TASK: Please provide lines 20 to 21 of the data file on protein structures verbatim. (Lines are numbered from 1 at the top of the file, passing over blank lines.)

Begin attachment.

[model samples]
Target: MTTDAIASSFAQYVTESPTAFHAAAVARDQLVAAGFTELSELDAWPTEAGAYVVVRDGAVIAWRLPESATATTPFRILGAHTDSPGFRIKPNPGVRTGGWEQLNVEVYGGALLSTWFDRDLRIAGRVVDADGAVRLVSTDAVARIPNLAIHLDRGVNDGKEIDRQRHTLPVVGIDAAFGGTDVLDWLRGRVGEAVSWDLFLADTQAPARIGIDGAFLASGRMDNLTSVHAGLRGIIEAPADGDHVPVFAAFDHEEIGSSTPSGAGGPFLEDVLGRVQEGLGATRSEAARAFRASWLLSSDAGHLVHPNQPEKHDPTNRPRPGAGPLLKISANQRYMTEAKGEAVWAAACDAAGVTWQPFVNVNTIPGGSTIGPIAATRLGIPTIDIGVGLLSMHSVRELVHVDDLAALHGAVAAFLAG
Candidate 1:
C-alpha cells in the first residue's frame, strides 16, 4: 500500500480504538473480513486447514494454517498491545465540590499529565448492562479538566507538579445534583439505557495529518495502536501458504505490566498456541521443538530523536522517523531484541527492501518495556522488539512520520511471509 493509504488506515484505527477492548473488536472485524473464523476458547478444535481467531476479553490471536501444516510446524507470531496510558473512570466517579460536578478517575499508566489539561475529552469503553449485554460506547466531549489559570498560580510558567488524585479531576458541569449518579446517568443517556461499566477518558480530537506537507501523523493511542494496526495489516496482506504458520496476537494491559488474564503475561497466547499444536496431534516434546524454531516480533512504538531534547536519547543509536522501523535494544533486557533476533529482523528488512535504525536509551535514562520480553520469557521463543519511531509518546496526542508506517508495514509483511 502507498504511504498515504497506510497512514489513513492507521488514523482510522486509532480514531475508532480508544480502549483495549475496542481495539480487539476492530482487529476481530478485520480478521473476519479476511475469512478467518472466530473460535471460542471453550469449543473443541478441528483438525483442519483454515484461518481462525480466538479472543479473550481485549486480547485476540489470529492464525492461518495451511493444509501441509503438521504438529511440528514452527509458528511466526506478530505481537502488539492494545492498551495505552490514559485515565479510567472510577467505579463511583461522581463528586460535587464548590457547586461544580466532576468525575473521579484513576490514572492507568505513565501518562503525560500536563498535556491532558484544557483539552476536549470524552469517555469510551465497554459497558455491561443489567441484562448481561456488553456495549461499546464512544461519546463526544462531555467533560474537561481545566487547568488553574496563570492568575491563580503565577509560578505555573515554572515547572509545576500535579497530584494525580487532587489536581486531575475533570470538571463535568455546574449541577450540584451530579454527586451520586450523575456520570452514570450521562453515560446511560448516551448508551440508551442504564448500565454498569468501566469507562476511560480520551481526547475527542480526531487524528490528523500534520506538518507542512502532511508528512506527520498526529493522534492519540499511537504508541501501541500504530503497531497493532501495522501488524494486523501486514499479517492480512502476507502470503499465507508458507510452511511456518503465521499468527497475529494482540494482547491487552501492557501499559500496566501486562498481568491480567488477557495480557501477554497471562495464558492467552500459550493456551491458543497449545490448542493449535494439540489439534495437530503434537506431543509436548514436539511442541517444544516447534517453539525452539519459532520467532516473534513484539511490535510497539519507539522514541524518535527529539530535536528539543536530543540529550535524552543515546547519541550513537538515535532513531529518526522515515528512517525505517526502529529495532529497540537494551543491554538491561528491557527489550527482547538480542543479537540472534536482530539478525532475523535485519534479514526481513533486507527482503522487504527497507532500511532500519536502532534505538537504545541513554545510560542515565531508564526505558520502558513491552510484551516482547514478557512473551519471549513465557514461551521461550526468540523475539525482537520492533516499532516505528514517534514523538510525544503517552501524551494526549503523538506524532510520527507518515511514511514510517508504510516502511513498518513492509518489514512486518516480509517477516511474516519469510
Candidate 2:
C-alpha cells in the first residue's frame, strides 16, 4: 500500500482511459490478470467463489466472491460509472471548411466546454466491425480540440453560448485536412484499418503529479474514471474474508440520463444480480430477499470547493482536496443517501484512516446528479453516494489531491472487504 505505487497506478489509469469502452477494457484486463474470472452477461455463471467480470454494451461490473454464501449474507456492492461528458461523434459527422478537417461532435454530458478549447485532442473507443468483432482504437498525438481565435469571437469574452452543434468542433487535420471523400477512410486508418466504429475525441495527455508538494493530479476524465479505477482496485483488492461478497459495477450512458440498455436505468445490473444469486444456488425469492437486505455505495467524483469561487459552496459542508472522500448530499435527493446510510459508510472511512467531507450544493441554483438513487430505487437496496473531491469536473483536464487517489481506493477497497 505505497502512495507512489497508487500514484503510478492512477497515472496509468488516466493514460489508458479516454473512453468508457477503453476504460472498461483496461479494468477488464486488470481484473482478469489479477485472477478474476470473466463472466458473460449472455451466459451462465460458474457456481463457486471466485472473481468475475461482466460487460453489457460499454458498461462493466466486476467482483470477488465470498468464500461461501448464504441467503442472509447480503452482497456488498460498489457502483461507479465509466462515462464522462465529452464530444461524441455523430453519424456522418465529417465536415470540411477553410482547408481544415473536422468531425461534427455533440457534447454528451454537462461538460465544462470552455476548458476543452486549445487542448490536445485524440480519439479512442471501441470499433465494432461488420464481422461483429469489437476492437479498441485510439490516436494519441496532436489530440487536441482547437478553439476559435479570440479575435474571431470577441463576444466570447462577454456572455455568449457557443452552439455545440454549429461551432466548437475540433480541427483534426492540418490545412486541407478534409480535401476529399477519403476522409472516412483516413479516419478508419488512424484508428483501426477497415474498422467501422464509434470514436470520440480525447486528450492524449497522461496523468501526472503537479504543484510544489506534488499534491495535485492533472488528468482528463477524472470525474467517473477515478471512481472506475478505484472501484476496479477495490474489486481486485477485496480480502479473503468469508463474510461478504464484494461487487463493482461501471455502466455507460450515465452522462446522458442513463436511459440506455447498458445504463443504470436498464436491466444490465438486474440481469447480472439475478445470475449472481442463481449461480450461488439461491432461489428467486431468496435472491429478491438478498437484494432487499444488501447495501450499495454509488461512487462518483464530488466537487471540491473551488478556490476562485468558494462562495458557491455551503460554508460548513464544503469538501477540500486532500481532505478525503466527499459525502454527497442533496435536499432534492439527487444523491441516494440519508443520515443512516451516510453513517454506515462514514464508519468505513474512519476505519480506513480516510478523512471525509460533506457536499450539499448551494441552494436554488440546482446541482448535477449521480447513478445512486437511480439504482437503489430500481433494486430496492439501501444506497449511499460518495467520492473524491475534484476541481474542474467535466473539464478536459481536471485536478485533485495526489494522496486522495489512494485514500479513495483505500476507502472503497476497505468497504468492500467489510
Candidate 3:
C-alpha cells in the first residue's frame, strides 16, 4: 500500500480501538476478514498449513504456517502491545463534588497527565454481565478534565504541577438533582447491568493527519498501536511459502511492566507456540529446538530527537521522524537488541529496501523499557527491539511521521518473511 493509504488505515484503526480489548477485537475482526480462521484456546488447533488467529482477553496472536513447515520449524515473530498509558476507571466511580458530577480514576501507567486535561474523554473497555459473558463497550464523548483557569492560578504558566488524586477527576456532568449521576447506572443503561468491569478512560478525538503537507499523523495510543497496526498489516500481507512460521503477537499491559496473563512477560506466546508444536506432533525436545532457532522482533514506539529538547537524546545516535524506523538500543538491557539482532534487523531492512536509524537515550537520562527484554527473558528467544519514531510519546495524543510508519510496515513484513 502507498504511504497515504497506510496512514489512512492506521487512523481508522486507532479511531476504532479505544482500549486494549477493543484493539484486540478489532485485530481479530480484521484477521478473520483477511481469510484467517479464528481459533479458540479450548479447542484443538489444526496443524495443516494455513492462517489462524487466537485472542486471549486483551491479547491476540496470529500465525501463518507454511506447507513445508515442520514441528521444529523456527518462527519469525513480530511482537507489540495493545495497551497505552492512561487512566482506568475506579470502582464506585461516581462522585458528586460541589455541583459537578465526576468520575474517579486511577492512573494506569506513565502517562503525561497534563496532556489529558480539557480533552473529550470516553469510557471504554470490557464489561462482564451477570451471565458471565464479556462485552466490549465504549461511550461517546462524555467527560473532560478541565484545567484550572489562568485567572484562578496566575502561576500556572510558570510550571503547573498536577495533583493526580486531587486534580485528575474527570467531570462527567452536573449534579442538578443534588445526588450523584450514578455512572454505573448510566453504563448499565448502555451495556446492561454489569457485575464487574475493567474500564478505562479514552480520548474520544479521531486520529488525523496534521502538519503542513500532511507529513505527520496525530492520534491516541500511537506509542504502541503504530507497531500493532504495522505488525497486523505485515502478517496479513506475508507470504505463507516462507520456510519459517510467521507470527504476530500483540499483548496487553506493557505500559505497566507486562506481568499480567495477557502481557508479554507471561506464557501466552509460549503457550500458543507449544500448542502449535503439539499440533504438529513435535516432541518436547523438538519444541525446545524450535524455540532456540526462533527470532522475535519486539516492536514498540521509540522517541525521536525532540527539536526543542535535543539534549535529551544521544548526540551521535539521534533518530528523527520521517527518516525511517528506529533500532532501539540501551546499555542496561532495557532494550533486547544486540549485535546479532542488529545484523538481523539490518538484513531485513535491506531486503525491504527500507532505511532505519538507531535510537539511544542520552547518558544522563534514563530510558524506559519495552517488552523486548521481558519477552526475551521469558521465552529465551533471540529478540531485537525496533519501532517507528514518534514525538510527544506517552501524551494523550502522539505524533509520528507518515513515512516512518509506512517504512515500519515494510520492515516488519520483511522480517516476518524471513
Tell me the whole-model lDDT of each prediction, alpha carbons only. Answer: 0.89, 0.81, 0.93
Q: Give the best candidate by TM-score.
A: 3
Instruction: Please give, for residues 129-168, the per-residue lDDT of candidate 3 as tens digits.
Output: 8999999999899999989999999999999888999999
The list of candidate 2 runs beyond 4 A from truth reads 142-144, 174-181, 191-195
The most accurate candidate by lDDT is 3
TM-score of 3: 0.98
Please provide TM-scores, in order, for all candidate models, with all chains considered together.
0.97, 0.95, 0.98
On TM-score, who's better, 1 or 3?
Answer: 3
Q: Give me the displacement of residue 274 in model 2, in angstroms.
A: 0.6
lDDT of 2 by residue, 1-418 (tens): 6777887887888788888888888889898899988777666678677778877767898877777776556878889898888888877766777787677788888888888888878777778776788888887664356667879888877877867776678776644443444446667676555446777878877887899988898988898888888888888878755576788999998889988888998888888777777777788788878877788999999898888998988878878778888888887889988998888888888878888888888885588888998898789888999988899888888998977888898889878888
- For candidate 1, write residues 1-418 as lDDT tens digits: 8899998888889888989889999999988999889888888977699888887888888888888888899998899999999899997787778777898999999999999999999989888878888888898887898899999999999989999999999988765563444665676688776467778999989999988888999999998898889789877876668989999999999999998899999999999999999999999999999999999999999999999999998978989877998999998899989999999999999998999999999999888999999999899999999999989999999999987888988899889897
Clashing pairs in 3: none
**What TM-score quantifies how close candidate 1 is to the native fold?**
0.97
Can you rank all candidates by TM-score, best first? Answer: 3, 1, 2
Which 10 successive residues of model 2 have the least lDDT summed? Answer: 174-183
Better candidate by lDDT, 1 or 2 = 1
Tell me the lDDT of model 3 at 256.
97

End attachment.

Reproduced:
Answer: 3
Q: Give me the displacement of residue 274 in model 2, in angstroms.